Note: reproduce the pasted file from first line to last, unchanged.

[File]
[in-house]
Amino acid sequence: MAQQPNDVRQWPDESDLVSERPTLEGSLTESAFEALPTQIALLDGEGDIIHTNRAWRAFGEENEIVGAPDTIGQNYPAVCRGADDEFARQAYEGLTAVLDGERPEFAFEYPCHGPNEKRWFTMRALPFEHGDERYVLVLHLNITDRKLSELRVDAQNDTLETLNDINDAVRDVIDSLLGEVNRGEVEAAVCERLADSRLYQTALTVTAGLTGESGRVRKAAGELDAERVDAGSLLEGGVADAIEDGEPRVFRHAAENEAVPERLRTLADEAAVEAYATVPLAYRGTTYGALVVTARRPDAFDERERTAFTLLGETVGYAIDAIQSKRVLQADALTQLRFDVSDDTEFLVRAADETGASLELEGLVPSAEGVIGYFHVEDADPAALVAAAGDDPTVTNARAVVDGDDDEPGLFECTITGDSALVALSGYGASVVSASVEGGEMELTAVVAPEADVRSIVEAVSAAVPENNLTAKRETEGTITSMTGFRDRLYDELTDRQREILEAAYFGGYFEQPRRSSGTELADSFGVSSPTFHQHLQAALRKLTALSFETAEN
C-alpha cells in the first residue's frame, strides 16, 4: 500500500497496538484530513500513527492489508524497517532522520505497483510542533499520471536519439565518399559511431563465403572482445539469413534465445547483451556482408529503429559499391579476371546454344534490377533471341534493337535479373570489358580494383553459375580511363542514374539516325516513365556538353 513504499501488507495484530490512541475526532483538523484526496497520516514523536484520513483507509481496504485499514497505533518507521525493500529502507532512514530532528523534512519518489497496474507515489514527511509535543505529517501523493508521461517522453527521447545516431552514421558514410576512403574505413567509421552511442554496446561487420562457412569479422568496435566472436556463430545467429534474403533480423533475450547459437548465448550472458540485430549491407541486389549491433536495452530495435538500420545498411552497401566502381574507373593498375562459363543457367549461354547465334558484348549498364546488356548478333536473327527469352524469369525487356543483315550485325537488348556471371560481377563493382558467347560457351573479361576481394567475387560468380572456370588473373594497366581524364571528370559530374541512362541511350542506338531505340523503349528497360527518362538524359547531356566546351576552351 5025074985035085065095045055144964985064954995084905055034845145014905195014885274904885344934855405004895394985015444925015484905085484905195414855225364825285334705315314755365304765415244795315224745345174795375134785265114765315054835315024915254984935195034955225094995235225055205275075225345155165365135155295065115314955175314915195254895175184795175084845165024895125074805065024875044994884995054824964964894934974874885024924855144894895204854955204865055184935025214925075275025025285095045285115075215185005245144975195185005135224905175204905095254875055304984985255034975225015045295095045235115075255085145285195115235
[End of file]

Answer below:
[in-house]
Amino acid sequence: MAQQPNDVRQWPDESDLVSERPTLEGSLTESAFEALPTQIALLDGEGDIIHTNRAWRAFGEENEIVGAPDTIGQNYPAVCRGADDEFARQAYEGLTAVLDGERPEFAFEYPCHGPNEKRWFTMRALPFEHGDERYVLVLHLNITDRKLSELRVDAQNDTLETLNDINDAVRDVIDSLLGEVNRGEVEAAVCERLADSRLYQTALTVTAGLTGESGRVRKAAGELDAERVDAGSLLEGGVADAIEDGEPRVFRHAAENEAVPERLRTLADEAAVEAYATVPLAYRGTTYGALVVTARRPDAFDERERTAFTLLGETVGYAIDAIQSKRVLQADALTQLRFDVSDDTEFLVRAADETGASLELEGLVPSAEGVIGYFHVEDADPAALVAAAGDDPTVTNARAVVDGDDDEPGLFECTITGDSALVALSGYGASVVSASVEGGEMELTAVVAPEADVRSIVEAVSAAVPENNLTAKRETEGTITSMTGFRDRLYDELTDRQREILEAAYFGGYFEQPRRSSGTELADSFGVSSPTFHQHLQAALRKLTALSFETAEN
C-alpha cells in the first residue's frame, strides 16, 4: 500500500497496538484530513500513527492489508524497517532522520505497483510542533499520471536519439565518399559511431563465403572482445539469413534465445547483451556482408529503429559499391579476371546454344534490377533471341534493337535479373570489358580494383553459375580511363542514374539516325516513365556538353 513504499501488507495484530490512541475526532483538523484526496497520516514523536484520513483507509481496504485499514497505533518507521525493500529502507532512514530532528523534512519518489497496474507515489514527511509535543505529517501523493508521461517522453527521447545516431552514421558514410576512403574505413567509421552511442554496446561487420562457412569479422568496435566472436556463430545467429534474403533480423533475450547459437548465448550472458540485430549491407541486389549491433536495452530495435538500420545498411552497401566502381574507373593498375562459363543457367549461354547465334558484348549498364546488356548478333536473327527469352524469369525487356543483315550485325537488348556471371560481377563493382558467347560457351573479361576481394567475387560468380572456370588473373594497366581524364571528370559530374541512362541511350542506338531505340523503349528497360527518362538524359547531356566546351576552351 5025074985035085065095045055144964985064954995084905055034845145014905195014885274904885344934855405004895394985015444925015484905085484905195414855225364825285334705315314755365304765415244795315224745345174795375134785265114765315054835315024915254984935195034955225094995235225055205275075225345155165365135155295065115314955175314915195254895175184795175084845165024895125074805065024875044994884995054824964964894934974874885024924855144894895204854955204865055184935025214925075275025025285095045285115075215185005245144975195185005135224905175204905095254875055304984985255034975225015045295095045235115075255085145285195115235